Holy Week: Top of the Charts to Lethal Fiasco

It’s the start of Holy Week, almost the end of Lent.

And it’s the 219th anniversary of Heinrich Wilhelm Matthäus Olbers spotting 2 Pallas, an asteroid. But that’s not what I’m talking about today.

Today’s Palm Sunday. That’s when we remember our Lord’s entering Jerusalem in the first century equivalent of a ticker tape parade.

Ecce homo.Jesus was top of the charts, wildly popular.

Grass roots opinion, apparently, was that they finally had their messianic king.

Jesus looked like someone who’d finally end the Roman occupation.

The powers that be had the same idea, which scared them.

If this Jesus person, they figured, says ‘I’m the king,’ then we’ll be out of a job. After that, the Roman governor will send in troops and we’ll lose everything else.

So they arrested Jesus, tried and convicted him in a kangaroo court and pressured the Roman governor to enforce the death penalty.

Jesus: tortured, then killed.Then after a really bad night, our Lord was nailed to a cross and died.

One Apostle committed suicide.

The rest were keeping a low profile.

Assuming that our Lord was the national hero folks had been expecting, that first Holy Week and Good Friday ended in a fiasco.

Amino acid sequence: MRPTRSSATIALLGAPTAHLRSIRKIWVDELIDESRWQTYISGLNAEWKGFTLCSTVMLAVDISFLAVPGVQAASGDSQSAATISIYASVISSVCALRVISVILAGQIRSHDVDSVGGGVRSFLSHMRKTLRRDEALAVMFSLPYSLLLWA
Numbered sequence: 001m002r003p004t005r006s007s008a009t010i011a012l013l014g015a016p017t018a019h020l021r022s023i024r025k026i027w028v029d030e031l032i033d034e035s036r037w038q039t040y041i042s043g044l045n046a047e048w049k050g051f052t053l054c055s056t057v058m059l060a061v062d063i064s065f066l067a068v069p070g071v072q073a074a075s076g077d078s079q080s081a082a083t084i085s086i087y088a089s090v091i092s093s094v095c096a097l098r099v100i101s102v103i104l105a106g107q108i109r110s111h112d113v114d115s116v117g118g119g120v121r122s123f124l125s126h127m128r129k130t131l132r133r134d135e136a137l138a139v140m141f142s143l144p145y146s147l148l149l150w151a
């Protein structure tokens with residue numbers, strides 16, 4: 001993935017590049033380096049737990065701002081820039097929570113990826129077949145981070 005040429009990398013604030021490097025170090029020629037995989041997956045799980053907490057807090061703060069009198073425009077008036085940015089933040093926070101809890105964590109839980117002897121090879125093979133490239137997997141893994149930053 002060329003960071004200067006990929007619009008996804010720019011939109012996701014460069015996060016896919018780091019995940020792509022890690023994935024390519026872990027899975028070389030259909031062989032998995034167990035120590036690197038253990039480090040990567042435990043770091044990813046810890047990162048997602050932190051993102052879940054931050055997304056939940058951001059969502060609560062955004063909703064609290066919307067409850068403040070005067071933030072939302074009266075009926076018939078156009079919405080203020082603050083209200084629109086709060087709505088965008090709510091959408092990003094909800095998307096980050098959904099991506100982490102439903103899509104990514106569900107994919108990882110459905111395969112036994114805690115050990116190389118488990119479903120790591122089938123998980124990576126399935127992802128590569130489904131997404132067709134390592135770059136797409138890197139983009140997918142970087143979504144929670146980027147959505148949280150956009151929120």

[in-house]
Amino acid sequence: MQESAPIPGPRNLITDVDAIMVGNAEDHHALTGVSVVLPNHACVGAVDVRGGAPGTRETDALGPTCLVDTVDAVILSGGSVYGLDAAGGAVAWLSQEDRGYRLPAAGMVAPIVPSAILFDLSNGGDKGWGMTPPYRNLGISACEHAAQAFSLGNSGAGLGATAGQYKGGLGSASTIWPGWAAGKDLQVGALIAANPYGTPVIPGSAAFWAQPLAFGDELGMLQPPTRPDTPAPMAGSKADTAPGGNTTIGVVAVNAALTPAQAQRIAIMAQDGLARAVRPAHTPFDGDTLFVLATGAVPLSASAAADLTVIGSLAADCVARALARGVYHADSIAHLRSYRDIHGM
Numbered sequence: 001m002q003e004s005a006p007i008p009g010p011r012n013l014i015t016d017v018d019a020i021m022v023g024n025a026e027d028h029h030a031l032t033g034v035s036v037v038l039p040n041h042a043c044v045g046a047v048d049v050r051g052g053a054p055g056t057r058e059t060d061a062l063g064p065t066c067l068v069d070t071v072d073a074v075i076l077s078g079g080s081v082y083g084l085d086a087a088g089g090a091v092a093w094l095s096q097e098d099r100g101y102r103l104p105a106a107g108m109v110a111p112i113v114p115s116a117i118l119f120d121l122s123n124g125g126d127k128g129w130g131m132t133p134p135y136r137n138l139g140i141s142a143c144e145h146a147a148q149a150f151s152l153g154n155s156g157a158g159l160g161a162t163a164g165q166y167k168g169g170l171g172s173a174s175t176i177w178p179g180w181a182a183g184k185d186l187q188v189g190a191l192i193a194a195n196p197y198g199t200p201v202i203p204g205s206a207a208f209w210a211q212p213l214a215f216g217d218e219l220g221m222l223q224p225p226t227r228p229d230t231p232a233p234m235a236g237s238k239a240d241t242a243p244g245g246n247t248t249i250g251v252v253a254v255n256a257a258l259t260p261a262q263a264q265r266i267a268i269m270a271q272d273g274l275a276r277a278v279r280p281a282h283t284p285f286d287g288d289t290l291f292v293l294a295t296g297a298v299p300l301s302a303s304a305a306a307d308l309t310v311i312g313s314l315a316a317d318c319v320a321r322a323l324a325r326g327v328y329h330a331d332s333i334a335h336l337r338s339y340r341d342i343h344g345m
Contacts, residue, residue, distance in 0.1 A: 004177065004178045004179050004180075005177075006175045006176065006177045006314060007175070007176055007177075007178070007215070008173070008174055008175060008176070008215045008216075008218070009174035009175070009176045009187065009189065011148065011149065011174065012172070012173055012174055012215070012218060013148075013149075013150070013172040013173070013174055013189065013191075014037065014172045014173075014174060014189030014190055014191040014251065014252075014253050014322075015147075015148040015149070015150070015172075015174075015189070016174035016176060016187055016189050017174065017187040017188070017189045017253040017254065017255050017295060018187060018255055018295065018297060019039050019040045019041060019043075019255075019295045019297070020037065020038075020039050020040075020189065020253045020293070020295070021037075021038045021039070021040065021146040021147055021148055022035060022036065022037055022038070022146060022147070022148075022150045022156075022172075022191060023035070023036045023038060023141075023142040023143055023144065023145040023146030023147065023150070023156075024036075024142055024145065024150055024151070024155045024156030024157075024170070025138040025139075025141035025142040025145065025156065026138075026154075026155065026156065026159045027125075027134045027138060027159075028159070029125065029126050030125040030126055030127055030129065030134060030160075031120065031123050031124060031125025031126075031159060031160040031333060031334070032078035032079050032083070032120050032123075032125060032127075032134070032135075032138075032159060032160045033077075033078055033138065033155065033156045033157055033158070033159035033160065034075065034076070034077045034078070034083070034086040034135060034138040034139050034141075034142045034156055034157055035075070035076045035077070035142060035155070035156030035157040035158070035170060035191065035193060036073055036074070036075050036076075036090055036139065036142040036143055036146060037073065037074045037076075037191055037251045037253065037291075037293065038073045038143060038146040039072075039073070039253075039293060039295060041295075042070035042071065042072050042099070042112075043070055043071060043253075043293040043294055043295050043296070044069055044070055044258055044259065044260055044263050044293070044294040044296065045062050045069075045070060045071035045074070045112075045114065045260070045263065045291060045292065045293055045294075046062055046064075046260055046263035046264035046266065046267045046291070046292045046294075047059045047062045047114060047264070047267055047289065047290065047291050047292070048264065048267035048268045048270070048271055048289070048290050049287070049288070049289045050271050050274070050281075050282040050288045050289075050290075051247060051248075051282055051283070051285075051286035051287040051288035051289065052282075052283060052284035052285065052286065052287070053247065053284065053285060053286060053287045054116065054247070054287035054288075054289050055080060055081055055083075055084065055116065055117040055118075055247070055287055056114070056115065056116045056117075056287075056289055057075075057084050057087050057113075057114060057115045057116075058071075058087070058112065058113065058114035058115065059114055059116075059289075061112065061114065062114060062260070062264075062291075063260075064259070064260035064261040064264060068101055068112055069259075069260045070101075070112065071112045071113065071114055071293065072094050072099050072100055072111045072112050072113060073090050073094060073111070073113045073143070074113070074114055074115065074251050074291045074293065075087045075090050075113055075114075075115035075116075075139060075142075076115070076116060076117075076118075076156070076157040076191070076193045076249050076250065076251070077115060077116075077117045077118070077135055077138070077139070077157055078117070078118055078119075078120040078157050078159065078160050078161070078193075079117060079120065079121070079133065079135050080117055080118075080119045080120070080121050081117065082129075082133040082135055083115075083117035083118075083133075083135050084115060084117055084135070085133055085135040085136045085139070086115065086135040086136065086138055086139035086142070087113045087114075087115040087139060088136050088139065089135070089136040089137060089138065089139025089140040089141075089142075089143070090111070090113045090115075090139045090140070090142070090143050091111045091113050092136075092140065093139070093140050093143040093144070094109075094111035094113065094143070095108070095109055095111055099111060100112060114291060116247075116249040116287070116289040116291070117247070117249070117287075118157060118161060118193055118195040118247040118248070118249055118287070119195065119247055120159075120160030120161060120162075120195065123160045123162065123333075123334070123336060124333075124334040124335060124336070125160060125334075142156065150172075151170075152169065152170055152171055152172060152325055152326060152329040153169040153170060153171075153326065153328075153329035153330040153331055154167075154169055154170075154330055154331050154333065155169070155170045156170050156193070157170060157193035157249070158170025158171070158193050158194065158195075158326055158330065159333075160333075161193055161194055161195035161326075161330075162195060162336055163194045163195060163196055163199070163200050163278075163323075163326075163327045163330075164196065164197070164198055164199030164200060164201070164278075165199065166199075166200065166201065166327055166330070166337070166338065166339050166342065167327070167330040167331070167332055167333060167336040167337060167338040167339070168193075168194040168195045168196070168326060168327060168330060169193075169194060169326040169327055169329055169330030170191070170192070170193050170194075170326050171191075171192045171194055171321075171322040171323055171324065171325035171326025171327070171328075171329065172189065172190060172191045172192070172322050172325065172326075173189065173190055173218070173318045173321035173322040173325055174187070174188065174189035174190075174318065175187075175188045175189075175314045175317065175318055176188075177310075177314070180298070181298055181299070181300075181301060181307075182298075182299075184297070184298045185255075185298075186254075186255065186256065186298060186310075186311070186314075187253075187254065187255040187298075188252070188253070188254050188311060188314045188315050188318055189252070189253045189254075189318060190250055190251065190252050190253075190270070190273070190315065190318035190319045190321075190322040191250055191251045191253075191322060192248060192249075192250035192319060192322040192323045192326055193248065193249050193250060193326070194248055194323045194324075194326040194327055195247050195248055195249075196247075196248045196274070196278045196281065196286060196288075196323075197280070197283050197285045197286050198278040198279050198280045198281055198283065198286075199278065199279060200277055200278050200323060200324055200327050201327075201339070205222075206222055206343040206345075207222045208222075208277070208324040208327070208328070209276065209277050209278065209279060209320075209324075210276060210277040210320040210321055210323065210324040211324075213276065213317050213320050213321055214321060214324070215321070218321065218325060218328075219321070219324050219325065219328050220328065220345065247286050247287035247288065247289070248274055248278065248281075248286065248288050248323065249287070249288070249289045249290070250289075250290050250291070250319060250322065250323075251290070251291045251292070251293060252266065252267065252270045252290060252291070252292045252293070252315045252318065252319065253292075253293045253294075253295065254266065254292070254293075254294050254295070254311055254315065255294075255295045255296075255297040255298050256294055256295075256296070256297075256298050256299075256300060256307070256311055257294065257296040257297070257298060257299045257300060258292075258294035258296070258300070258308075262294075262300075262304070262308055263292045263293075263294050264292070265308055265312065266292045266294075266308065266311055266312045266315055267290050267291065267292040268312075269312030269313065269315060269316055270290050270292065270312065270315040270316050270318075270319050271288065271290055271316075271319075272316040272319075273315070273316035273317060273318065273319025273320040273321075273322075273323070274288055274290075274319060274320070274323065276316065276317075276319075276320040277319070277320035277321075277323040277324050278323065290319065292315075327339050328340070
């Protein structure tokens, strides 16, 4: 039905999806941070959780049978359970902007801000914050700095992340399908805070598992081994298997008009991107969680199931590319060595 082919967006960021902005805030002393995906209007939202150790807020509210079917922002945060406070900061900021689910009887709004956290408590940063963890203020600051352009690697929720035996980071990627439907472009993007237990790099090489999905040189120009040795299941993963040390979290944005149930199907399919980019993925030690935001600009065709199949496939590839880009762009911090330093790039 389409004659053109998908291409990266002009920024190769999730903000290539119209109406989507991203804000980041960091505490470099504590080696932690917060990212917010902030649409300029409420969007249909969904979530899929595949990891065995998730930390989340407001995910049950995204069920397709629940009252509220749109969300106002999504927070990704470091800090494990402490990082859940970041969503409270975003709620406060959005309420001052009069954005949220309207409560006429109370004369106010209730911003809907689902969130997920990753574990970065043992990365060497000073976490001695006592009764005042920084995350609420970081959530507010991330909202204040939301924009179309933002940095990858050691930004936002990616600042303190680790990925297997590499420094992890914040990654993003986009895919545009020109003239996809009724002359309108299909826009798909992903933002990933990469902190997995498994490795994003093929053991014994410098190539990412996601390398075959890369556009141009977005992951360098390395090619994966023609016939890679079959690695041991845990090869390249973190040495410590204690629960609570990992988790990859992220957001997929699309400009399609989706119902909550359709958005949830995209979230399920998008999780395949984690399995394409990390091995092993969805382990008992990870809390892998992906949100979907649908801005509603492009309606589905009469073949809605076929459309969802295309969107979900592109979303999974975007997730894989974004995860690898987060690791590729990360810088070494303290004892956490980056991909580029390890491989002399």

Two millennia later, we’re still celebrating. That sounds crazy, at best.

But it’s not.

A few days after his messy death, Jesus stopped being dead. And that’s another topic.

About Brian H. Gill

I'm a sixty-something married guy with six kids, four surviving, in a small central Minnesota town. I mostly write and make digital art. I'm only interested in three things: that which exists within the universe; that which exists beyond; and that which might exist.
This entry was posted in being, Catholic, discursive detours and tagged , , , , , , , , . Bookmark the permalink.

1 Response to Holy Week: Top of the Charts to Lethal Fiasco

  1. Thanx Brian. A week that changed the course of human history.

    God bless.

Thanks for taking time to comment!